Pictured from left to right: Event Horizon Telescope Director Sheperd Doeleman, National Science Foundation Director France Cordova, University of Arizona Associate professor Astronomy Dan Marrone, University of Waterloo Associate professor Avery Broderick and University of Amsterdam Professor of Theoretical High Energy Astrophysics Sera Markoff

Pictured from left to right: Event Horizon Telescope Director Sheperd Doeleman, National Science Foundation Director France Cordova, University of Arizona Associate professor Astronomy Dan Marrone, University of Waterloo Associate professor Avery Broderick and University of Amsterdam Professor of Theoretical High Energy Astrophysics Sera Markoff

Pictured from left to right: Event Horizon Telescope Director Sheperd Doeleman, National Science Foundation Director France Cordova, University of Arizona Associate professor Astronomy Dan Marrone, University of Waterloo Associate professor Avery Broderick and University of Amsterdam Professor of Theoretical High Energy Astrophysics Sera Markoff

WHAT IS THE SUPERMASSIVE BLACK HOLE SAGITTARIUS A *

The Galactic center of the Milky Way is dominated by one resident, the super-heavy black hole known as Sagittarius A * (Sgr A *).

Supermassive black holes are incredibly dense areas in the center of galaxies with masses that can be billions of times that of the sun.

They act as intense sources of gravity that sweat dust and gas around them.

The evidence of a black hole in the center of our galaxy was first presented by physicist Karl Jansky in 1931 when he discovered radio waves from the region.

Sgr A *, pre-eminently invisible, has the mass corresponding to around four million suns.

At just 26,000 light years from Earth, Sgr A * is one of the few black holes in the universe where we can actually see the flow of matter in the neighborhood.

Less than one percent of the material that initially falls within the black hole's gravitational influence reaches the event horizon, or point of no return, because much of it is ejected.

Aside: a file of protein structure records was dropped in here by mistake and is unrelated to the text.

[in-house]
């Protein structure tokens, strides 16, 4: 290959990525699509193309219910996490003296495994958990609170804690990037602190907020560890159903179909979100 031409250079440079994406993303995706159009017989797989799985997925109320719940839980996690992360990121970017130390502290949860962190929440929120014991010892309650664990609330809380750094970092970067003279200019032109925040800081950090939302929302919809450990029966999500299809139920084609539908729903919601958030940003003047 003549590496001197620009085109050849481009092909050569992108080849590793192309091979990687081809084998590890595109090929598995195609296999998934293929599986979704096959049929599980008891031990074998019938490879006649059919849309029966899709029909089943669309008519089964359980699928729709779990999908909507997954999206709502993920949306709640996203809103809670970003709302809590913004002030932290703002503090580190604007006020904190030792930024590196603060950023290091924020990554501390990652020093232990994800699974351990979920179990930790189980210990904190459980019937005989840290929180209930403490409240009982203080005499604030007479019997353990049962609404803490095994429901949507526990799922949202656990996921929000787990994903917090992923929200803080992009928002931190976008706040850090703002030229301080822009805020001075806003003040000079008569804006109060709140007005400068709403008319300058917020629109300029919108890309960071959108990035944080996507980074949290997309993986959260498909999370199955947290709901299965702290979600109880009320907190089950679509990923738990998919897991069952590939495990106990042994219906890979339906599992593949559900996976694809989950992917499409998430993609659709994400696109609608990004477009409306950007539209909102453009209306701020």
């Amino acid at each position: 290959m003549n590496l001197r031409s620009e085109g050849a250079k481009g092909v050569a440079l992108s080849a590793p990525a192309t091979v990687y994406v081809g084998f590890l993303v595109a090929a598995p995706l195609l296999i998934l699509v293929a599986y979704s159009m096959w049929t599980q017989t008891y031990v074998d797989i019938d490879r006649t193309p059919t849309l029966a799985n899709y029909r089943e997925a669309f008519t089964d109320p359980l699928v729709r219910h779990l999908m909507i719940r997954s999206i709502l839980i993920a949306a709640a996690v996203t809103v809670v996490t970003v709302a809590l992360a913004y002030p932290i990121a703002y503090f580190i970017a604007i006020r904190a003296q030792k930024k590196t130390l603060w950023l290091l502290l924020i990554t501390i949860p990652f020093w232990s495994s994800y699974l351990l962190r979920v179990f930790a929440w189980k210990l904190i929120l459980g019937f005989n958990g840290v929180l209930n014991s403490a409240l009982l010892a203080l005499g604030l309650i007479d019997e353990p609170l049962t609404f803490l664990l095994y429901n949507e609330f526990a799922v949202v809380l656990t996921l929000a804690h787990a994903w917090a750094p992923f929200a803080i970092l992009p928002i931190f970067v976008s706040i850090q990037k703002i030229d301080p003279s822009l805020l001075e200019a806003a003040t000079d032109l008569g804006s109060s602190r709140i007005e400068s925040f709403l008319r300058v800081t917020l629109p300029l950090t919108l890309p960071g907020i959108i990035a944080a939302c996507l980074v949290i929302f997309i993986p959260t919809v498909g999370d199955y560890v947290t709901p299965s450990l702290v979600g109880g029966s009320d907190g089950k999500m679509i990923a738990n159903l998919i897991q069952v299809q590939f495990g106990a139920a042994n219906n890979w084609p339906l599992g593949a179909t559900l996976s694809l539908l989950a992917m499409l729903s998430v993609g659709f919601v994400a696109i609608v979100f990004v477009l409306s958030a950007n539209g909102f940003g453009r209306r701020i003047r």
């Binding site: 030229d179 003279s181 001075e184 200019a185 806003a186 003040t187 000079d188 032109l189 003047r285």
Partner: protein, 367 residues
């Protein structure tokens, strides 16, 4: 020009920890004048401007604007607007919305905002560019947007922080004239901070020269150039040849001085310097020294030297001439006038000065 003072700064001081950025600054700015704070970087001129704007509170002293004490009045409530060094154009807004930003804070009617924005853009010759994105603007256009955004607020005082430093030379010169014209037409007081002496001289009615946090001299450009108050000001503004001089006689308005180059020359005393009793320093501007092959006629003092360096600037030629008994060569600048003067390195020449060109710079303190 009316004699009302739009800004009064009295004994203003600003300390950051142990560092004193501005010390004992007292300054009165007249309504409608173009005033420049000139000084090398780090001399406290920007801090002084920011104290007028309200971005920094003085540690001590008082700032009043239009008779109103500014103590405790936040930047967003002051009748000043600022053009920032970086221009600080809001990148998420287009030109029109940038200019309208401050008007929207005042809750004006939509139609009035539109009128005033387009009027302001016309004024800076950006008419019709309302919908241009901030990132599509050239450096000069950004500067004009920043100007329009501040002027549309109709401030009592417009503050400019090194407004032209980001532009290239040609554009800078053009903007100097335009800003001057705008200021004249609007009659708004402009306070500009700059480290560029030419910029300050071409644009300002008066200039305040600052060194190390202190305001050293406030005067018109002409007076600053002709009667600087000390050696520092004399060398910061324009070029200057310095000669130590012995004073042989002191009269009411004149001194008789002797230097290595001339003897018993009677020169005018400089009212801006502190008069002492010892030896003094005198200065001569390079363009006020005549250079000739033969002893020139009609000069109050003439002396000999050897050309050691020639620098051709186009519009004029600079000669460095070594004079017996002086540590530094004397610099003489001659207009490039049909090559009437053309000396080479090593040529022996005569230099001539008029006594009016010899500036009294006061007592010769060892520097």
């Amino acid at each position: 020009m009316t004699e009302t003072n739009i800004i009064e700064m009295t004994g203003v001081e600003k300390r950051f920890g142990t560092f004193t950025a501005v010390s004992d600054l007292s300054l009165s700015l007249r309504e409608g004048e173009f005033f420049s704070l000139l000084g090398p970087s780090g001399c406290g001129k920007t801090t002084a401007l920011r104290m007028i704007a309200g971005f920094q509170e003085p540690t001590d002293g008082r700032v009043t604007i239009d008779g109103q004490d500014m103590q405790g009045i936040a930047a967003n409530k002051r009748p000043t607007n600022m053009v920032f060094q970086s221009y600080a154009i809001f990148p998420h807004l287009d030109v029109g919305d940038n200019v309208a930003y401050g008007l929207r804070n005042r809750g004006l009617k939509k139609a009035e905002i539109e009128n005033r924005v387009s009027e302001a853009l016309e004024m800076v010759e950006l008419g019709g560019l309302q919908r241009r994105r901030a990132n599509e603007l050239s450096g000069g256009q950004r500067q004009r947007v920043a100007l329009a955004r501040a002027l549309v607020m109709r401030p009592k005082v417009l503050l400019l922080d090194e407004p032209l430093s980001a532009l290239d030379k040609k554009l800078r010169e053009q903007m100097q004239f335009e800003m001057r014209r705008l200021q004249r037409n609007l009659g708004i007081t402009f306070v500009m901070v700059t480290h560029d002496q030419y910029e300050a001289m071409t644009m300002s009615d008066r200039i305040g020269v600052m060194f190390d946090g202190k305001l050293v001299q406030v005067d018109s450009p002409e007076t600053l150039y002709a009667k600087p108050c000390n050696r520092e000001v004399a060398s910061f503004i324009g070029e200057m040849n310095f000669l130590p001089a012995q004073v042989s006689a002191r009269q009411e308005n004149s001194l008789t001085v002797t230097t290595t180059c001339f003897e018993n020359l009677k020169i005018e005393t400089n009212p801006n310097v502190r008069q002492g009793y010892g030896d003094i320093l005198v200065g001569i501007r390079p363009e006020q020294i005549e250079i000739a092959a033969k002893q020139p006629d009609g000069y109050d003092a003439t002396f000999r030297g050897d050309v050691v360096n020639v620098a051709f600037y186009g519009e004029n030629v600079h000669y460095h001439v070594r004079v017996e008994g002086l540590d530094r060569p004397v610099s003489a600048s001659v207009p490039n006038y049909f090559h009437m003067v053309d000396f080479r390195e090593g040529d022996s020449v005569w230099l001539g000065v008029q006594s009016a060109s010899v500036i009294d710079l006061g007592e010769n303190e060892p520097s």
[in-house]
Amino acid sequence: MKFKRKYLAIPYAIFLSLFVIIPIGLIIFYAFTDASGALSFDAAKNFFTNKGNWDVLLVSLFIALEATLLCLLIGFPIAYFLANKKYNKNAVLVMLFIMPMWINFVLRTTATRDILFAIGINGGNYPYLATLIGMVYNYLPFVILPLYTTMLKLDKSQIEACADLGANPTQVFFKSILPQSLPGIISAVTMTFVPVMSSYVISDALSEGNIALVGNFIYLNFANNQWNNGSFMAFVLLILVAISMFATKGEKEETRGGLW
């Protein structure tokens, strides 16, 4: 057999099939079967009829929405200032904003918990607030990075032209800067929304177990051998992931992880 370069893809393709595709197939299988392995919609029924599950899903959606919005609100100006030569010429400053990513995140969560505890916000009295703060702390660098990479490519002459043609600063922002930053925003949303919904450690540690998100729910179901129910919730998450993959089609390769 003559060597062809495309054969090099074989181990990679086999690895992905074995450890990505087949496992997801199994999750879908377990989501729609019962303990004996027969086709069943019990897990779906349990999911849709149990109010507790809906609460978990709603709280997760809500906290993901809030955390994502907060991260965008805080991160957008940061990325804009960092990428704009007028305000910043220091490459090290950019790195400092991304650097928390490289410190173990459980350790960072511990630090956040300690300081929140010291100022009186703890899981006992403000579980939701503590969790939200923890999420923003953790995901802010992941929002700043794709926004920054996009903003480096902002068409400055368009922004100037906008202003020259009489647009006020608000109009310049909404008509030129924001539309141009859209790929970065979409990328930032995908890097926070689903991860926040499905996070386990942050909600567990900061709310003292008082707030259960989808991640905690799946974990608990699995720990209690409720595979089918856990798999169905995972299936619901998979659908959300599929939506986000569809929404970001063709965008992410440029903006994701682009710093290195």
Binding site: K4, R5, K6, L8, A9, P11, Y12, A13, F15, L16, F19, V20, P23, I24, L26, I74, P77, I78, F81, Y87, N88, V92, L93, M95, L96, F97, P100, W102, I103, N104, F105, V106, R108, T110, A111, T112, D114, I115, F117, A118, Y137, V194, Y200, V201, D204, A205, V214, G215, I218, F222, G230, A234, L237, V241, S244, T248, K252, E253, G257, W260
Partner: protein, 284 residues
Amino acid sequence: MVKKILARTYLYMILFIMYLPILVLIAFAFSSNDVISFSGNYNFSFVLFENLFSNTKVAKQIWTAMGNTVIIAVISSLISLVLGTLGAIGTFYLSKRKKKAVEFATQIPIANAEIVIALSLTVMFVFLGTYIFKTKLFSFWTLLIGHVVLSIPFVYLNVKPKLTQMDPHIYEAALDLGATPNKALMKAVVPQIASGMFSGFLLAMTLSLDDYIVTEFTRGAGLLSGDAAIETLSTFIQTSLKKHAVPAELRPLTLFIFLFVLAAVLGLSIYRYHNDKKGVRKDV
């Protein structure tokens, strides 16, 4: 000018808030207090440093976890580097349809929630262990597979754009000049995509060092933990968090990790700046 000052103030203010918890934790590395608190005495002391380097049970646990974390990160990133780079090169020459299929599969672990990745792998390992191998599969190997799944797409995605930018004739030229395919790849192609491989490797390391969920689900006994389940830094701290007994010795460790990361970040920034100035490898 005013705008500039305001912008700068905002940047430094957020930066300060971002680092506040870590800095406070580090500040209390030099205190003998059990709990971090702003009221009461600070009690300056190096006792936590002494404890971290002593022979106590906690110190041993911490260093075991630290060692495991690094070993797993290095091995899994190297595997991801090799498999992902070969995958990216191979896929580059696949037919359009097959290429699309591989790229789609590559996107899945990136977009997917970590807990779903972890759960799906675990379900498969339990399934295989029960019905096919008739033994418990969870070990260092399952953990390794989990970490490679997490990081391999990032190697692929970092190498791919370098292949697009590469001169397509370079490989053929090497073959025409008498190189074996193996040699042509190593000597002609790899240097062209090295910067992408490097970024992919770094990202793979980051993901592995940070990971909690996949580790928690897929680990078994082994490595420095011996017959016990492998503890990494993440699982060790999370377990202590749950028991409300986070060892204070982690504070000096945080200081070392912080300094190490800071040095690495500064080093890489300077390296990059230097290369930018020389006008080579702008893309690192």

Consequently, the X-ray emission of material near Sgr A * is remarkably weak, like that of most of the giant black holes in galaxies in the nearby universe.

The captured material must lose heat and momentum before it can dive into the black hole. Ejecting matter causes this loss to occur.

To make images of it, the EHT would have to collect all the data needed to produce an image of the black hole.

It would therefore have to divide that data into different parts over time.

The team would then compare the pieces of data with each other using advanced algorithms to see how the image has changed.

This approach uses models of how the image would move as expected, by comparing those models with the actual data to see if they fit.

& # 39; You need to be smart and figure out how data from this time block is immediately related to that time slice & # 39 ;, Doeleman said.

Using this method, the team can even convert very limited amounts of data from every minute to full images of SagA * in motion.

As a result, the team expects to make films from the smaller black hole in one night.

While black holes are naturally invisible, the ultra-hot material that revolves around them forms a ring of light around the circumference that exposes the mouth of the object itself based on its silhouette. This limit is known as the event horizon. A simulation of the black hole is shown next to the above image that makes history

While black holes are naturally invisible, the ultra-hot material that revolves around them forms a ring of light around the circumference that exposes the mouth of the object itself based on its silhouette. This limit is known as the event horizon. A simulation of the black hole is shown next to the above image that makes history

While black holes are naturally invisible, the ultra-hot material that revolves around them forms a ring of light around the circumference that exposes the mouth of the object itself based on its silhouette. This limit is known as the event horizon. A simulation of the black hole is shown next to the above image that makes history

HOW DOES THE HORIZON TELESCOPE OF THE EVENT WORK?

Using a & # 39; virtual telescope & # 39; who has built eight radio observatories in different places on the globe, the team behind the Event Horizon Telescope has scanned in recent years for Sagittarius A *, the super heavy black hole in the heart of the Milky Way and another target in the Virgo cluster of galaxies.

The observations are based on a network of radio antennas at a great distance.

These are all over the world – in the South Pole, Hawaii, Europe and America.

These radios imitate the aperture of a telescope that can produce the resolution needed to capture Sagittarius A.

At each of the radio stations there are large hard disks that will store the data.

These hard drives are then processed at the MIT Haystack Observatory just outside of Boston, Massachusetts.

The effort is essentially to capture a silhouette of a black hole, also called the shadow of the black hole.

This would be & # 39; its dark form on a clear background of light from surrounding matter, distorted by a strong curvature of space time & # 39 ;, the ETH team explains.